“Through our work with state and regional partners, the National Endowment for the Arts can extend its impact, reaching even more communities throughout the nation, providing opportunities for all of us to live artful lives,” said NEA Chair Maria Rosario Jackson, PhD. “The arts contribute to our individual well-being, the well-being of our communities, and to our local economies. The arts are also crucial to helping us make sense of our circumstances from different perspectives as we emerge from the pandemic and plan for a shared new normal informed by our examined experience.”

RISCA spokesperson, Faye Zuckerman, expressed gratitude for the federal support Rhode Island’s arts organizations receive from the NEA. She said, “The federal funding will provide greater access to the arts, arts educators and organizations, among others. We thank our Congressional delegation and the NEA for once again noting the importance of the arts in our state and investing in our arts and culture economy.”

Mark your calendar for Indigenous Art of Communication, May 27

Come gather (in-person! outdoors!) and explore how Indigenous communities use their art to communicate and practice activism
Event is Friday, May 27, 2 p.m., at Tomaquag Museum, 390A Summit Rd., Exeter, RI

From visual language to activism our people have always used our voices and our surroundings to speak to one another and to the outside world. Come and share space with us at Tomaquag Museum to discuss how Indigenous communities use their art as voice and activism to tell our stories and how art created by our community is valued and used from storytelling to today’s small business structure. What does it mean to live in today’s world and what does it mean to honor our ancestors while walking in a modern world?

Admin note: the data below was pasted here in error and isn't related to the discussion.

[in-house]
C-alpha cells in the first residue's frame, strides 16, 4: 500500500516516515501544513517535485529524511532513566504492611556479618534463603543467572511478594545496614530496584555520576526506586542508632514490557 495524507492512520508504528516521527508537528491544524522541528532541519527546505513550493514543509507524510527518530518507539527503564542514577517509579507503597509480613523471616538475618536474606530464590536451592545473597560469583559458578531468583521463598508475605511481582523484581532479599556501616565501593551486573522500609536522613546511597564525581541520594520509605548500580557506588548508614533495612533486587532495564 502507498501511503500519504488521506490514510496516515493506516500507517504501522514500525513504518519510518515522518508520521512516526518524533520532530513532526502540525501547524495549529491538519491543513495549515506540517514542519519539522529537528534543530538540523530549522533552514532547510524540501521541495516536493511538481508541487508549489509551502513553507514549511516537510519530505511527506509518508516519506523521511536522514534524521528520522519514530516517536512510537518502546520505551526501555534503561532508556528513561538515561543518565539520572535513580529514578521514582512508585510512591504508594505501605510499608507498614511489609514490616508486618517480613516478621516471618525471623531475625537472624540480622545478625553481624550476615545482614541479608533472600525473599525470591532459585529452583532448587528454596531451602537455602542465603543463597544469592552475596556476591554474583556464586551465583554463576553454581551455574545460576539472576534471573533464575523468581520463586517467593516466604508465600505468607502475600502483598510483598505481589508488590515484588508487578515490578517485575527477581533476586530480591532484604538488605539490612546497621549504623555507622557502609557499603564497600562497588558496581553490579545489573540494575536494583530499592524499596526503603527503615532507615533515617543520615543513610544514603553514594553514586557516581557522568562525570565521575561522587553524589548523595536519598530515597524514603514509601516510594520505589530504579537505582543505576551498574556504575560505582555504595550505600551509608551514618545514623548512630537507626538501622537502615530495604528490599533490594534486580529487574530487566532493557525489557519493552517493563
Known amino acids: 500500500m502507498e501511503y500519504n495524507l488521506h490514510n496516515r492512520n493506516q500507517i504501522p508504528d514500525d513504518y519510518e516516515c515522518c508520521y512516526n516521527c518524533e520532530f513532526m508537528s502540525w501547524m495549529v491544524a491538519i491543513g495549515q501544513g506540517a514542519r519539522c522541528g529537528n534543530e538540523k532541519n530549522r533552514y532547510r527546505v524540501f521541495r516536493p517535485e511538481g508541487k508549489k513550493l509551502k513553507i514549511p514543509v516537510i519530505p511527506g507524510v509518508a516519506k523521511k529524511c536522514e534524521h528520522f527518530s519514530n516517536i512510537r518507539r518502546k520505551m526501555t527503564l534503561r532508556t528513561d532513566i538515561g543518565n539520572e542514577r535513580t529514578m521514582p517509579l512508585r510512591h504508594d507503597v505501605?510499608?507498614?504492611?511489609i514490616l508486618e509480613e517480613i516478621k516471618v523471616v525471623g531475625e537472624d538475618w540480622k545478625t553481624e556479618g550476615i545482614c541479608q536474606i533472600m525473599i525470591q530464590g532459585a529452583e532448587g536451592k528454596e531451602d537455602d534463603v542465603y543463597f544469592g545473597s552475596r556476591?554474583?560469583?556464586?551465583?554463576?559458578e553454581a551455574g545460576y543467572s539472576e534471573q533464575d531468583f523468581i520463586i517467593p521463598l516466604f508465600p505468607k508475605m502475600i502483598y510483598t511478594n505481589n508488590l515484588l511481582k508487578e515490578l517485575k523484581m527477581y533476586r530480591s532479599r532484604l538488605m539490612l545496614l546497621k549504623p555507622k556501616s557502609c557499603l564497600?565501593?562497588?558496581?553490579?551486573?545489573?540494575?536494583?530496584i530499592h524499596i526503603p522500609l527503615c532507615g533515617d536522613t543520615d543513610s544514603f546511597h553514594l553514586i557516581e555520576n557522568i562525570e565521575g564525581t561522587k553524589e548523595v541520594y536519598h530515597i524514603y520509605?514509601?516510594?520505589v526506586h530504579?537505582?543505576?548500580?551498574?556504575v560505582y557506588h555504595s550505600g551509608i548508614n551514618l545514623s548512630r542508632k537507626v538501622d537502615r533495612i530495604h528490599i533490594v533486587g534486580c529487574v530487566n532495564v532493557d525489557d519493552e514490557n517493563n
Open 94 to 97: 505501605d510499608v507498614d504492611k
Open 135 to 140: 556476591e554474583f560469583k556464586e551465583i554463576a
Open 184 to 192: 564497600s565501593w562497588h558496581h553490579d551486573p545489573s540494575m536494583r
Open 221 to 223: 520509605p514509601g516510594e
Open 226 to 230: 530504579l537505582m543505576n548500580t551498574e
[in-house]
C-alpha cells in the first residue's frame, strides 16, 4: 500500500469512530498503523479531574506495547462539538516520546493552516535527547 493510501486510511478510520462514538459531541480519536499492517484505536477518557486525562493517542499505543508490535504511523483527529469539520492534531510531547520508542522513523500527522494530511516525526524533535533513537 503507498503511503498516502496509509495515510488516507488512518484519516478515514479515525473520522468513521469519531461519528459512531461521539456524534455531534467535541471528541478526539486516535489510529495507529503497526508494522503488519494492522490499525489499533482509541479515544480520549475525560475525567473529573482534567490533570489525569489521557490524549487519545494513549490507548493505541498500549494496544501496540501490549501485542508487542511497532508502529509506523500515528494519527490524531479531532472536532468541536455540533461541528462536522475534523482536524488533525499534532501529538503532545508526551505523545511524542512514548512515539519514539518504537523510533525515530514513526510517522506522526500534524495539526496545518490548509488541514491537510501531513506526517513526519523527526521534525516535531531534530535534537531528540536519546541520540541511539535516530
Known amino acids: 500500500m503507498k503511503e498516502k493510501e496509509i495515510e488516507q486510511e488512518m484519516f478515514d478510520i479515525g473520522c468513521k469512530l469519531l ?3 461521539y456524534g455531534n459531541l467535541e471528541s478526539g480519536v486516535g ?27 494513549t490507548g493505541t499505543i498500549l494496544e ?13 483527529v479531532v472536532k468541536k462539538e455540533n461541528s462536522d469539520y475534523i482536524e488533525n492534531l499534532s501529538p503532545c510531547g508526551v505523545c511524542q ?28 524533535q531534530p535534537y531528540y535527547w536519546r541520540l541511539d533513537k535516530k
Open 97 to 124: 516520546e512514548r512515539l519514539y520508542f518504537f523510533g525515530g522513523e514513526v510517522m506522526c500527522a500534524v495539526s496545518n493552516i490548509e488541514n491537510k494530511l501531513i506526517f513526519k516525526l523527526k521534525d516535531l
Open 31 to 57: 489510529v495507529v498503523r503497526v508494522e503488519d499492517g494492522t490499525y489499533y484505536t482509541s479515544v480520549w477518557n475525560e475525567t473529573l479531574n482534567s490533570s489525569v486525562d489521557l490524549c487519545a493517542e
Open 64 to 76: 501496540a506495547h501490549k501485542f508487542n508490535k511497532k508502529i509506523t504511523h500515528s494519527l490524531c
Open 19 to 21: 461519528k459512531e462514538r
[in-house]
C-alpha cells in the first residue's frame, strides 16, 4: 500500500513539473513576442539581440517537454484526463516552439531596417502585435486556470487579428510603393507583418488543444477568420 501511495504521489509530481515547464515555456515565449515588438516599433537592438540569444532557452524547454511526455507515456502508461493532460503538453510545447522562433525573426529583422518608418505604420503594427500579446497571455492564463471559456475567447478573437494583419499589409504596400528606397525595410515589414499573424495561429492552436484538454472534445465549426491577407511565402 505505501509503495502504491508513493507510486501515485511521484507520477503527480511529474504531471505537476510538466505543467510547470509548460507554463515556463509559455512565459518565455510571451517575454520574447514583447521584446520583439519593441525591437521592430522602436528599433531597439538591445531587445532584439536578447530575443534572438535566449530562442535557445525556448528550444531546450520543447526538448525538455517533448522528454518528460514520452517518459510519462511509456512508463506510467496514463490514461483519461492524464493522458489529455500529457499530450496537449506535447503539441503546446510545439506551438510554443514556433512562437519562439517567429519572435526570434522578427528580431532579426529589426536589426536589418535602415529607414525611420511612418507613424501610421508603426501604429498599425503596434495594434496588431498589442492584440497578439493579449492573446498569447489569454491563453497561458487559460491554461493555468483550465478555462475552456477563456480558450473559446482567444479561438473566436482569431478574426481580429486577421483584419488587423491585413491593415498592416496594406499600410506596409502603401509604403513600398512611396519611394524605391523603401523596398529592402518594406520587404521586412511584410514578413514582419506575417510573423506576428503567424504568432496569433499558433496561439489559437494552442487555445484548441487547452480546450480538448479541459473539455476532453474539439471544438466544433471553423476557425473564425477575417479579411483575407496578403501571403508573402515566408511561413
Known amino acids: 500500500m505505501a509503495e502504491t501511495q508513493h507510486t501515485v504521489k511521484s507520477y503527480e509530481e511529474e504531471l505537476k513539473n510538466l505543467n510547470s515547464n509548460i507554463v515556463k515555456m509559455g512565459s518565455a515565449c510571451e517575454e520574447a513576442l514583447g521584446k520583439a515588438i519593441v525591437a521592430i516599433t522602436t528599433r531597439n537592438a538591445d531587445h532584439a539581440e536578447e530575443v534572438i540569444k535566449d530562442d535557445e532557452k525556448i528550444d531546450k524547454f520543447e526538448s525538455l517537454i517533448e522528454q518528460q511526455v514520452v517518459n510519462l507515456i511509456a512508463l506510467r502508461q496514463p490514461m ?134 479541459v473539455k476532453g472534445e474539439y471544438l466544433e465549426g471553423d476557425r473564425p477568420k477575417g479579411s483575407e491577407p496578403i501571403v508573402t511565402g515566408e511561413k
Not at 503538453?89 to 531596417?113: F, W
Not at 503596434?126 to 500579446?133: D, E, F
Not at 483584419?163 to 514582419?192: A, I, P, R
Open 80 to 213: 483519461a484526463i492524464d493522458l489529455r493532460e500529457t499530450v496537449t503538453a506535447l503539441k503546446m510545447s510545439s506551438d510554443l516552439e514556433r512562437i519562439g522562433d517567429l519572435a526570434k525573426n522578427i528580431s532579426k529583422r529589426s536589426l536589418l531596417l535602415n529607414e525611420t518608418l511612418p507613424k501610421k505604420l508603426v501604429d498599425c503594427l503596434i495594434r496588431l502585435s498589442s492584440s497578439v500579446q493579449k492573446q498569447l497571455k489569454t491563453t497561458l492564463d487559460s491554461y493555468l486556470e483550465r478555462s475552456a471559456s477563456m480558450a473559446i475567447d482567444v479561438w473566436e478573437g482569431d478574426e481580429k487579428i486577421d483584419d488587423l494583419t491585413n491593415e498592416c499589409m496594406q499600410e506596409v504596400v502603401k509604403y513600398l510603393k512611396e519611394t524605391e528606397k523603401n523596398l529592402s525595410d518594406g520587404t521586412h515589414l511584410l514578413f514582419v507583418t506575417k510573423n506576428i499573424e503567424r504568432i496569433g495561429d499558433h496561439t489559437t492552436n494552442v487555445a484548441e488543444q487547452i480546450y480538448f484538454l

This image has an empty alt attribute; its file name is MFA-event.jpgPresented by Samantha Cullen-Fry, the Indigenous Empowerment (IEN) Program Manager at Tomaquag Museum. Samantha’s role is to help facilitate relationships, through museum partnerships, that create a catalyst for economic change within the Native Community of Rhode Island. Many of the relationships formed have been with nonprofits in the state of Rhode Island. These partnerships focus on the various areas of interest in the community, including but not limited to theater, community-led initiatives, metalworking, pottery, education, business development, entrepreneurship, fish and wildlife, and many others. Samantha comes from a strong background in sales management. The creation of IEN was a calling for her to get back into the workforce after being a stay at home mom of her two beautiful girls. Her goal is to make a meaningful difference in her community through social justice and activism lens. In her spare time, Samantha enjoys attending Providence basketball games, listening to audiobooks, podcasts. She also enjoys gardening. Samantha is currently attending College Unbound in Providence obtaining her bachelor’s degree in Organizational Leadership and Change.

This gathering is made possible through a partnership between the Rhode Island State Council on the Arts (RISCA) and Ministry of Future Access (MFA).

RSVP, click here.